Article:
I arrived at the catering hall around 7:00. The tables and chairs had been setup, but nothing else. A few people were sort of helping put it all together. Henry’s sister, and Viviana’s mom, Silvia, had just finished cooking the dinner for the 100+ guests… dinner was scheduled for around 11:00… but at least the food was ready. Sort of. As the family group, including myself piled into the car just prior to 8:00 to drive back to their house so they could change into the evening’s finery, she remembered that she hadn’t yet made the huancaina sauce for the potatoes. No biggie, 15 minutes work. Viviana sat down at the table to begin writing out her thank you notes to be presented during the evening (mmm… I printed her out the “stationary” on which to write them about two weeks ago) – an hour’s work. Everyone decided to take showers before dressing. And, what to wear? At 9:55, Henry’s sister, brother-in-law, and nephew piled back into the car to go back to the hall and deliver the sauce. Silvia and newphew stayed there. After all, an hour into the fiesta it seemed a good idea to have someone greeting guests.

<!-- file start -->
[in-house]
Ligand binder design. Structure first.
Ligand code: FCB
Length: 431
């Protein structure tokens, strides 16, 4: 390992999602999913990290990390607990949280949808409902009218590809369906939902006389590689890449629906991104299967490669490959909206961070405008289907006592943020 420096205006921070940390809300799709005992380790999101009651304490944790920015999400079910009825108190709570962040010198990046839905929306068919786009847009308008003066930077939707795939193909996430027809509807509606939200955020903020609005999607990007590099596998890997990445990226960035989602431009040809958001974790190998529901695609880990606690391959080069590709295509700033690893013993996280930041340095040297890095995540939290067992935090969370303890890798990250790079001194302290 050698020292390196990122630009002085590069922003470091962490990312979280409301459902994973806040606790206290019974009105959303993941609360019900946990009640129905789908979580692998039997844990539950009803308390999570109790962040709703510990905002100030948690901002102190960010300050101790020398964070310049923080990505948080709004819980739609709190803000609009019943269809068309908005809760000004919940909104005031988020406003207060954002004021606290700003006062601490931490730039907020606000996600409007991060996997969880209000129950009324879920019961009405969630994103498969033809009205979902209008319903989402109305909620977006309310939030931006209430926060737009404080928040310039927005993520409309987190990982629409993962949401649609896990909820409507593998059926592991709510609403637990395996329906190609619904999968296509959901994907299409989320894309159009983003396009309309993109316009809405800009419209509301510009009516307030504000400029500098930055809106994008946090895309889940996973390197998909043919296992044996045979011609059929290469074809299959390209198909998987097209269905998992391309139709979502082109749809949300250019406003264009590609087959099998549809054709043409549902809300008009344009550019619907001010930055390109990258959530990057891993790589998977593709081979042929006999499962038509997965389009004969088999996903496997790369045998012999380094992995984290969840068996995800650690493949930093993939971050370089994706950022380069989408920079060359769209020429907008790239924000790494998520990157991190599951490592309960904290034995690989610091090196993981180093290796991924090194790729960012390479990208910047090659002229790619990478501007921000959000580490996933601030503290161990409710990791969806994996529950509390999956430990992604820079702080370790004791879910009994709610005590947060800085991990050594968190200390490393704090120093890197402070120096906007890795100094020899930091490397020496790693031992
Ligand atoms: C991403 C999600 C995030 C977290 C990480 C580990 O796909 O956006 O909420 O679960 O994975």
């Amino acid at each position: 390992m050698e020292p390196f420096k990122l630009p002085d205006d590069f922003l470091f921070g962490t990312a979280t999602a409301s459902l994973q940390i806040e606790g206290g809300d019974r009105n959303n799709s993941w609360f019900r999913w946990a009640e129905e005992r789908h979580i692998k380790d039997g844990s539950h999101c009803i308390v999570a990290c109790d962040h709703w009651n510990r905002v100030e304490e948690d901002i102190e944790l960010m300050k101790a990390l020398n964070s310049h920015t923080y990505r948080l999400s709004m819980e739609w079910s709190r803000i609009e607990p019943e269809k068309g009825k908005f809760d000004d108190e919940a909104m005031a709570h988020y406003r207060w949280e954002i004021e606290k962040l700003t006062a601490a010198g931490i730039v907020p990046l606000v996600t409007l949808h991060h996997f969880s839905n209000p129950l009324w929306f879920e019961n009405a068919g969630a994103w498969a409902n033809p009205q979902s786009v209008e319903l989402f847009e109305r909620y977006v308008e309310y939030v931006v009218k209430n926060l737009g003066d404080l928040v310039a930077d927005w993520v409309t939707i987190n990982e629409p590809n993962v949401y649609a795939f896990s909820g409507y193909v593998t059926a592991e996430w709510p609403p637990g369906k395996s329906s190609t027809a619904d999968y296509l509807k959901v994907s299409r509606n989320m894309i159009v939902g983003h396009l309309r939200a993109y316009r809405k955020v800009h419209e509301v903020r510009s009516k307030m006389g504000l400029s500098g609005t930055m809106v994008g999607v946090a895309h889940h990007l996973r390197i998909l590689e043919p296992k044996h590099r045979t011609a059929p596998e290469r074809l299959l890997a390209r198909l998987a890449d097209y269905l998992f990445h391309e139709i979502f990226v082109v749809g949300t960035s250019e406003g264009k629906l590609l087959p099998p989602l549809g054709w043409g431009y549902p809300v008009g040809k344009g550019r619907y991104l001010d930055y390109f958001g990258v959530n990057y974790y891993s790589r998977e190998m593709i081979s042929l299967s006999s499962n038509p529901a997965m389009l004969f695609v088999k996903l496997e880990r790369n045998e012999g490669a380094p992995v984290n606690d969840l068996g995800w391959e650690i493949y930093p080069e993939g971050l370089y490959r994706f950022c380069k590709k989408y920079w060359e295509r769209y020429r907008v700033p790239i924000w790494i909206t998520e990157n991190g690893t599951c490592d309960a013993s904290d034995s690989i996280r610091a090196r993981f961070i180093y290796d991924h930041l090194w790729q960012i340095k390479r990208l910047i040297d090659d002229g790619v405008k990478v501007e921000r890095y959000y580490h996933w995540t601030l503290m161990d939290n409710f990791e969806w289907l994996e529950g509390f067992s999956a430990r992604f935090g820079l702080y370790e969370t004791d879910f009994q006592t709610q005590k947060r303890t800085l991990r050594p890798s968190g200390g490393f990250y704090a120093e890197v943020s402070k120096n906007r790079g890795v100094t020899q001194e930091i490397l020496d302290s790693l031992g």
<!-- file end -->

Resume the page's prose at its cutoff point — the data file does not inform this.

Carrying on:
Miguel returned with the car and a friend with a video camera. Henry, myself, and Viviana got in the back of the car and we headed for the Cathedral. 10:15. Twenty minutes there, much the same at city hall, then deciding where else was of interest. More photos. Head to a wholesaler for four bags of ice to pile in the trunk as there was none at the fiesta. Back to the house to fix a minor flaw in the dress. Back in the car, and finally arriving at the fiesta at 11:35. Splendid entrance by Viviana on Henry’s arm. Individual photos of her standing with every person in the room, in front of the cake. Individual photos of her dancing with every person in the room. A bit of dancing in general. Appetizer (papas a la huancaina) served around 1:30 (this is the morning now, remember). More dancing, some speechifying. Main course (remember it was finished cooking – meat and rice, left sitting out on the countertop – back at 7:00 in the evening) served around 2:30. More dancing, including Henry dancing the traditional Marinera with his partner Elizabeth and then with Viviana. Presentation of the thank you notes. Cutting and serving of the cake. 4:00. People gradually starting to drift out around 5:00. Henry and I left at 5:15, but I imagine the party was still going on for a few more hours.